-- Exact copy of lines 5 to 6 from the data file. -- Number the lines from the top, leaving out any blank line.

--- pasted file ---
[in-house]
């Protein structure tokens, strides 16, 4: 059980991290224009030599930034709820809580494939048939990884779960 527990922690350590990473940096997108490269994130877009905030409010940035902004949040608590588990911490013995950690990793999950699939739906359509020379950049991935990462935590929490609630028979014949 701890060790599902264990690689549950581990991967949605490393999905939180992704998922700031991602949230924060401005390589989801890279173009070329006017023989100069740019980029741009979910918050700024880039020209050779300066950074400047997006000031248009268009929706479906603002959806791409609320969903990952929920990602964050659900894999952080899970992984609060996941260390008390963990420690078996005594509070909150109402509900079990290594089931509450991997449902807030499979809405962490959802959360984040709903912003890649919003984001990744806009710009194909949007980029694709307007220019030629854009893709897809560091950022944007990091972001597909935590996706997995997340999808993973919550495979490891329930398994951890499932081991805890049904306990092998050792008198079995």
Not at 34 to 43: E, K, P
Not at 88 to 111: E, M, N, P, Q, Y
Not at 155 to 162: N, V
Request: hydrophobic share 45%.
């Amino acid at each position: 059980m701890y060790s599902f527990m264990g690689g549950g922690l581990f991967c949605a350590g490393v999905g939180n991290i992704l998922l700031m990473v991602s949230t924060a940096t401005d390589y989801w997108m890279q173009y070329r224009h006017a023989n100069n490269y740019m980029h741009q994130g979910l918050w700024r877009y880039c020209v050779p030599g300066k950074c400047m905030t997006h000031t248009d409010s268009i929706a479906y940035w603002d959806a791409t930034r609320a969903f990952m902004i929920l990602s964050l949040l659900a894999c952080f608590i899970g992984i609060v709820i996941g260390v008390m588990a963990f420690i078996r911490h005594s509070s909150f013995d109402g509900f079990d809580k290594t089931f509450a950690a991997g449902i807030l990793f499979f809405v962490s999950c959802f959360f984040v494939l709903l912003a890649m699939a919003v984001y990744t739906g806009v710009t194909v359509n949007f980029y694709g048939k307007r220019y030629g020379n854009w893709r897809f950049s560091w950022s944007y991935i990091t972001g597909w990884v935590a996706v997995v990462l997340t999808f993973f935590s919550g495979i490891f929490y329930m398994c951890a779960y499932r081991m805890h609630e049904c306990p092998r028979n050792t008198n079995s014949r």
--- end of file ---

Not at 155 to 162: N, V
Request: hydrophobic share 45%.